We had ridden across the west Texan desert and into the desert of southern New Mexico. There it is flat and arid, except for a small mountain range, poking up in the middle of nowhere. It is a mountainous, alpine forest, reminiscent of Colorado. The mountain range is like a drop of ink, splattered at the end of a written line. The writer who draws the line (the Rocky Mountain range extending from Canada, through Colorado, and into New Mexico) lifts the pen, and a drop falls, disconnected from the rest. So is the mountain range of Ruidoso: a splatter of the Rocky Mountains, disconnected from the rest of the range.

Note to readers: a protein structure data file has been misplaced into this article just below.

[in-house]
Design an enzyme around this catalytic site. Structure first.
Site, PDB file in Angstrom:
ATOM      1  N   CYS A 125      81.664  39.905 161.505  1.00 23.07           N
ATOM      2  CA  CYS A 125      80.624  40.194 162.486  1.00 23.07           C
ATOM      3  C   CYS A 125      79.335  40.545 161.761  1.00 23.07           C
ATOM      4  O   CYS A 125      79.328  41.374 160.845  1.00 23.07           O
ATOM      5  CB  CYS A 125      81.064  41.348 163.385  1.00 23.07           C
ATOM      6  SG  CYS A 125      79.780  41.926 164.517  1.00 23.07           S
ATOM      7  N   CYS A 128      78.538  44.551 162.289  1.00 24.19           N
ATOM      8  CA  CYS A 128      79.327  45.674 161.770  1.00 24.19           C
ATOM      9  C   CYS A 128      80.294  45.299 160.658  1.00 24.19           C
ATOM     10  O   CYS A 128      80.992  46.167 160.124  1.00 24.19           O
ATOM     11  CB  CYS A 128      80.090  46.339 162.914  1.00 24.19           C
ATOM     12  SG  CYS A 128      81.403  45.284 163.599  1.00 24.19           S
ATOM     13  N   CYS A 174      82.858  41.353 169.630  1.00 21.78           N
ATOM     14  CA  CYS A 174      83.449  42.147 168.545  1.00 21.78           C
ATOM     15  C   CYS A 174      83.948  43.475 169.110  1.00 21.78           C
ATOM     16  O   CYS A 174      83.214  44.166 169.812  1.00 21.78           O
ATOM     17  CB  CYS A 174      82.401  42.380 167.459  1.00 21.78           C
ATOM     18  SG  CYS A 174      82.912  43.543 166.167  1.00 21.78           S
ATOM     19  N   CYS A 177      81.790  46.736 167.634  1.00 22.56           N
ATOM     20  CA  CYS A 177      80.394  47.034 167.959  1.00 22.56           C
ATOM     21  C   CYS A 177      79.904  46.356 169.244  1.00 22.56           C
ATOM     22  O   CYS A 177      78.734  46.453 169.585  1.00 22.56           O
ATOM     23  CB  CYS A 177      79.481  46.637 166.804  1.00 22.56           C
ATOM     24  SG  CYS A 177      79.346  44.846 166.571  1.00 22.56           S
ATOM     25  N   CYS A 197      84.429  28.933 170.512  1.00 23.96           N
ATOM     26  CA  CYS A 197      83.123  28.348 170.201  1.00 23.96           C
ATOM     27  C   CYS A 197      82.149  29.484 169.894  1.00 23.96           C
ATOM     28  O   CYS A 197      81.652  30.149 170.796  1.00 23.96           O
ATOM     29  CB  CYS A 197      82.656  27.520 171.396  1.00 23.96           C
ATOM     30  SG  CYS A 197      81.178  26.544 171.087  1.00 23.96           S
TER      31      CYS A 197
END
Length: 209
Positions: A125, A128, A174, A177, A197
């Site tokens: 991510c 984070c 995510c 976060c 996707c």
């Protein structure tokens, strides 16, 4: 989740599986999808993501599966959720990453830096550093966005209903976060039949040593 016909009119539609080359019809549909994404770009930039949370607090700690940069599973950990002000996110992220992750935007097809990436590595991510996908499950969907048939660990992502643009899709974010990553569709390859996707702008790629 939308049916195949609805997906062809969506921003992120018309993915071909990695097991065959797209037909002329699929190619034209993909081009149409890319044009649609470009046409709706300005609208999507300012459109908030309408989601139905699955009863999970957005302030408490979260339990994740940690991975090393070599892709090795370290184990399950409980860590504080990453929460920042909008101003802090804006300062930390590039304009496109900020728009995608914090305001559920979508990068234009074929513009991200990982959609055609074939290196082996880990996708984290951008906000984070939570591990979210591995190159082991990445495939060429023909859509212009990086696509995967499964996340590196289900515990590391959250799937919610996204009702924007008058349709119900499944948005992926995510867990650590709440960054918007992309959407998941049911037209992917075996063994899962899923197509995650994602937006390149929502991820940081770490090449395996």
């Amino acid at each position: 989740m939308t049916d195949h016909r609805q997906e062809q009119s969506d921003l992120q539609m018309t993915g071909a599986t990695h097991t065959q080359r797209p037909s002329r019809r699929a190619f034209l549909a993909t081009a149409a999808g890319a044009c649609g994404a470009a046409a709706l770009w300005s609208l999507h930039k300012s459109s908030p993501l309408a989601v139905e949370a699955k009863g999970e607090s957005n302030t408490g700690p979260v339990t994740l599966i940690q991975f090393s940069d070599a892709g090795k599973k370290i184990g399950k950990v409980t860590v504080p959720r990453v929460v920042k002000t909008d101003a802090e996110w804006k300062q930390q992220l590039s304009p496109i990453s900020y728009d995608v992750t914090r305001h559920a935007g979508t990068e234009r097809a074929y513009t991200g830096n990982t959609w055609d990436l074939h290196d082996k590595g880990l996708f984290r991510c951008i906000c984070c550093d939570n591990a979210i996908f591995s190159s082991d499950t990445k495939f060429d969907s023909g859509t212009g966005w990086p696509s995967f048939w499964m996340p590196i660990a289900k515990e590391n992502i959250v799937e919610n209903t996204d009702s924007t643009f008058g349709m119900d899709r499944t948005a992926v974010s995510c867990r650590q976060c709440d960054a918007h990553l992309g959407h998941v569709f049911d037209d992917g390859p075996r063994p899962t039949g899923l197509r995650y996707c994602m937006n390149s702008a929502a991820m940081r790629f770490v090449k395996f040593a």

We were overjoyed with our humble cabin in the evergreen glades. We pitched our set up of checkers, Uno and coloring books.
Then I fell in love with the little town, a cousin of Aspen or Vail: Ruidoso is a ski town just off of Alta Ski Area. I found all sorts of little shops and restaurants.
But then our hearts were truly captured by a lake, nestled in the middle of the mountains. We got out of the car, cooing, oohing and ahhing. We settled on the edge of the lake and relaxed for hours. It felt like we were playing inside a John Denver song.
“Sunshine on my shoulders. . . “
“. . . makes me feel happy. “
Learning how to. . .
. . . skip stones!
Being off the grid has never felt so good!